The humanitarian side of agronomy

FAO agronomist Jehad Al Meqdad stays in his Syrian homeland to support farmers

From an early age, Jehad al Meqdad wanted to be an agronomist and help farmers produce food. Since the crisis began in Syria, that dream is more important than ever. ©FAO/Hasan Bilal


Millions of Syrians fled the country after the crisis started in 2011. Jehad Al Meqdad was tempted to join them.

“For a moment I thought of leaving Syria because of challenges during the crisis, but I couldn’t do it,” says Jehad, a 52-year-old who now works for FAO as an agronomist. “So, I took the decision to stay in Syria and work hard to build resilience for farmers to stay on their land and produce food. This is very important in my life.”

Originally from the southern governate of Daraa, Jehad has been an agronomist for almost three decades, working first for the Ministry of Agriculture, then for FAO for the last five years. He specializes in training smallholder farmers and female-headed households to use better agricultural techniques, teaching everything from how to select seeds to when to harvest crops.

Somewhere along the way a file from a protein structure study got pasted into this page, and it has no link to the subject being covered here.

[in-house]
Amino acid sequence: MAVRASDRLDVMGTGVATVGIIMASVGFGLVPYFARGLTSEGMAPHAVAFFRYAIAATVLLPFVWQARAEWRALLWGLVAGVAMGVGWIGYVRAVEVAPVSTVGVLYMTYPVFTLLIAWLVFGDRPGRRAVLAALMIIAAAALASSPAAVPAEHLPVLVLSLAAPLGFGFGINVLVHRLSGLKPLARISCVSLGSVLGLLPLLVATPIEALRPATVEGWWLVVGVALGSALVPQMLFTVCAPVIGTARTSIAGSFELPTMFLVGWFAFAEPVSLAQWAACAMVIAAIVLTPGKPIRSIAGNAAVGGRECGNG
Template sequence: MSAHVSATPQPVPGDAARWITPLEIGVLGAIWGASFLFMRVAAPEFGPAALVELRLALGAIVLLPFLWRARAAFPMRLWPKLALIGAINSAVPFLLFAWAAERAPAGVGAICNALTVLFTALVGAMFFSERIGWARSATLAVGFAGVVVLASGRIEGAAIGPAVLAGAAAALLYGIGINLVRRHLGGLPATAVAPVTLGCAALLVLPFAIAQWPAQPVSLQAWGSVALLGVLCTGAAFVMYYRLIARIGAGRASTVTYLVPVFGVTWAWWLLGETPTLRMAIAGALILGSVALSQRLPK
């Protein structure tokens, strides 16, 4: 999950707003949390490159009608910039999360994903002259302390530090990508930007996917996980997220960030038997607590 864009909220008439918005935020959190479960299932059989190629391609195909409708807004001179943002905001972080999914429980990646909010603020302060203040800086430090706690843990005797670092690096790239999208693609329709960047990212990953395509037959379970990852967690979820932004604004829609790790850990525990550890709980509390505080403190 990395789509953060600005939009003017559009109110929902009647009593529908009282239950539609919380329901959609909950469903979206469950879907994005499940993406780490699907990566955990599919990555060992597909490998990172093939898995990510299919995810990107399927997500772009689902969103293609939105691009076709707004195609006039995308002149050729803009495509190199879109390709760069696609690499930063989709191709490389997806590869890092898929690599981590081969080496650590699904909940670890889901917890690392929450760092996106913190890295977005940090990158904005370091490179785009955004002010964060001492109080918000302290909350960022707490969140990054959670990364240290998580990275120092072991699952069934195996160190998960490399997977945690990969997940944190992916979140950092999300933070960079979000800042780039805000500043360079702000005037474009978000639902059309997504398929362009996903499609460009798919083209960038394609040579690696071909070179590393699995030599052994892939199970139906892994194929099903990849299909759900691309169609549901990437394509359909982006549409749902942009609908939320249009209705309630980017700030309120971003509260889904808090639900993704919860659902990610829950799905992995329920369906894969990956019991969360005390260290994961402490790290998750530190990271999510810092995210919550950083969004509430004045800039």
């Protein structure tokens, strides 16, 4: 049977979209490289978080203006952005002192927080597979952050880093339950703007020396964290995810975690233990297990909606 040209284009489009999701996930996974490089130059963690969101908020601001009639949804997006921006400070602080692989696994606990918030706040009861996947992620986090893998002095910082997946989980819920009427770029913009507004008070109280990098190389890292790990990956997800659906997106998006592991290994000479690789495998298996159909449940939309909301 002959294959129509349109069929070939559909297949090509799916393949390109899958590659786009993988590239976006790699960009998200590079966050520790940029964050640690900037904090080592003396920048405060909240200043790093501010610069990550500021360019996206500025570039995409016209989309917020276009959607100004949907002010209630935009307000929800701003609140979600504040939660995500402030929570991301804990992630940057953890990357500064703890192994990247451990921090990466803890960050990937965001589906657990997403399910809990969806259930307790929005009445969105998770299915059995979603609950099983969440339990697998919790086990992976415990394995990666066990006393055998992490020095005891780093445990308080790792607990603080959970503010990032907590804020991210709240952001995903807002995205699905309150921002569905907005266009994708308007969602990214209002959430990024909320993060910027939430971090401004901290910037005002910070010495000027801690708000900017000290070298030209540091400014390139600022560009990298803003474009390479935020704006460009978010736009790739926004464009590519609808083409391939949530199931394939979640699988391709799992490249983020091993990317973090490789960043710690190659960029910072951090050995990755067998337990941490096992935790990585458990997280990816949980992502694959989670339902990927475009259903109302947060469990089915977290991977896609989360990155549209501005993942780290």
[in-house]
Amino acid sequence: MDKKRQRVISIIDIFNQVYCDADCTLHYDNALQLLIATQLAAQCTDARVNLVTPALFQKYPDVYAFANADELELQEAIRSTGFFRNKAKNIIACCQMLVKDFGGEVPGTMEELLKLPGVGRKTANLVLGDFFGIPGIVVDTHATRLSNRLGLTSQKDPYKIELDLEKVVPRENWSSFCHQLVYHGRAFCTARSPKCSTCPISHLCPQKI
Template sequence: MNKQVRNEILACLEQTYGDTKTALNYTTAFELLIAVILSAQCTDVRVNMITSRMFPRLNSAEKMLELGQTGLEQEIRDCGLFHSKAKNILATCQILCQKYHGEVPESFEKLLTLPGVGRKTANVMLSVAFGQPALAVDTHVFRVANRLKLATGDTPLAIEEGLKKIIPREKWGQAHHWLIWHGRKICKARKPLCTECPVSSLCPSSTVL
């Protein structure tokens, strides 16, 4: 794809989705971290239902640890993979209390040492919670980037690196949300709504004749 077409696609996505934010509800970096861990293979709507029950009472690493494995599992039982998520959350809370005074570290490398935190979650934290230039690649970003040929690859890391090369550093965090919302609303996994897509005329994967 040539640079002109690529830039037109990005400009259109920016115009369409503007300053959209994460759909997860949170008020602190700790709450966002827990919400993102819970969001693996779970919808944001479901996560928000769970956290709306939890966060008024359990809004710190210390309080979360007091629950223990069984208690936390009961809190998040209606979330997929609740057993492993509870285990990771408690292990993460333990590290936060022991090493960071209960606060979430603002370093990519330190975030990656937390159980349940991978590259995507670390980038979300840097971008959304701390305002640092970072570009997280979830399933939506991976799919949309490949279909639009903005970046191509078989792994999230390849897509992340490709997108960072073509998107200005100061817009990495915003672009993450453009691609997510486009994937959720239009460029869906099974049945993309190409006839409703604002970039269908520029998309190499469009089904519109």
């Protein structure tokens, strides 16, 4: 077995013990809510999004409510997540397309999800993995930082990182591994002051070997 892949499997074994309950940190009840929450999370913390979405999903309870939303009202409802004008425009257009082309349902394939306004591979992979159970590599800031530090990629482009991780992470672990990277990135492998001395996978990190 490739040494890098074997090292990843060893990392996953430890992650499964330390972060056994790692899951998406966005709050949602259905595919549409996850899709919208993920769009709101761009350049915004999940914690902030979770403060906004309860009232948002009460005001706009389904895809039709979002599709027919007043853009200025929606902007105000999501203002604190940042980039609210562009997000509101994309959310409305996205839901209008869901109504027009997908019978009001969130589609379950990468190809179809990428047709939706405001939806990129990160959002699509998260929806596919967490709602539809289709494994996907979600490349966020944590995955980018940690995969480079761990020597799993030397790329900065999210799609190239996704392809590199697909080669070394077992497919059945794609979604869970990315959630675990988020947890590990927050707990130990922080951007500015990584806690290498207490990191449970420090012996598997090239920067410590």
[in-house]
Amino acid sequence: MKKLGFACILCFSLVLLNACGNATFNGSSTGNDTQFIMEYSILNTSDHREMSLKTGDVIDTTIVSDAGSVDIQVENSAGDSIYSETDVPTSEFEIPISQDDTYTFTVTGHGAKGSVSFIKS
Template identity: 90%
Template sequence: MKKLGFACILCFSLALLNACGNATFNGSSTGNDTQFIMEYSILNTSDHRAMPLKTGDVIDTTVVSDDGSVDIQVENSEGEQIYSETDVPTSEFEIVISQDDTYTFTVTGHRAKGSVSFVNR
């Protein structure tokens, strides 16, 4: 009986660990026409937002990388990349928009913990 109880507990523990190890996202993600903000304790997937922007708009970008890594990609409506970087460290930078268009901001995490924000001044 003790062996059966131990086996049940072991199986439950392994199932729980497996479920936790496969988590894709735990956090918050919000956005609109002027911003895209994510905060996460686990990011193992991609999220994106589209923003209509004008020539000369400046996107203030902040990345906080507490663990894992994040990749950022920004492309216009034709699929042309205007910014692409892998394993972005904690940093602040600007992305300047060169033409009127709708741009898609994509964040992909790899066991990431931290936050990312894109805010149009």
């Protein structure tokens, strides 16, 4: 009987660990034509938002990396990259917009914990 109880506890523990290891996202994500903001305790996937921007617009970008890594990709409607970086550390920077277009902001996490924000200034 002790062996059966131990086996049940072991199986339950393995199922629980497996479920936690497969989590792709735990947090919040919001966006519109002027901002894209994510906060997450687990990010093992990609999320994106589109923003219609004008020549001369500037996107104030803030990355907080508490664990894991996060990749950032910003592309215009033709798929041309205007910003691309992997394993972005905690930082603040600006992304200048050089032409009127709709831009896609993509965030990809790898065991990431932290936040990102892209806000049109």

“The farmers’ reactions touch my heart. Fiya is one of the farmers we met in the Daraa governate. I sensed her gratefulness for the support we provided,” Jehad says. “I am filled with happiness and encouragement to carry on assisting more people to access food.”

A life’s calling

“When I was a child, I dreamed of being an agronomist,” says Jehad whose family owns a farm in his hometown. The landscape turning green when plants grew fascinated him as a child.

“I was very happy when I attended the Faculty of Agriculture. I studied hard and I was very interested in this field. I graduated and made my dream real.”

With massive displacement of rural populations, Jehad’s role at FAO, training new farmers, is crucial to the sector and to the country’s food security. Left/top: ©FAO/Jaafar Merie Right/bottom: ©FAO/ Jaafar Merie

A different Syria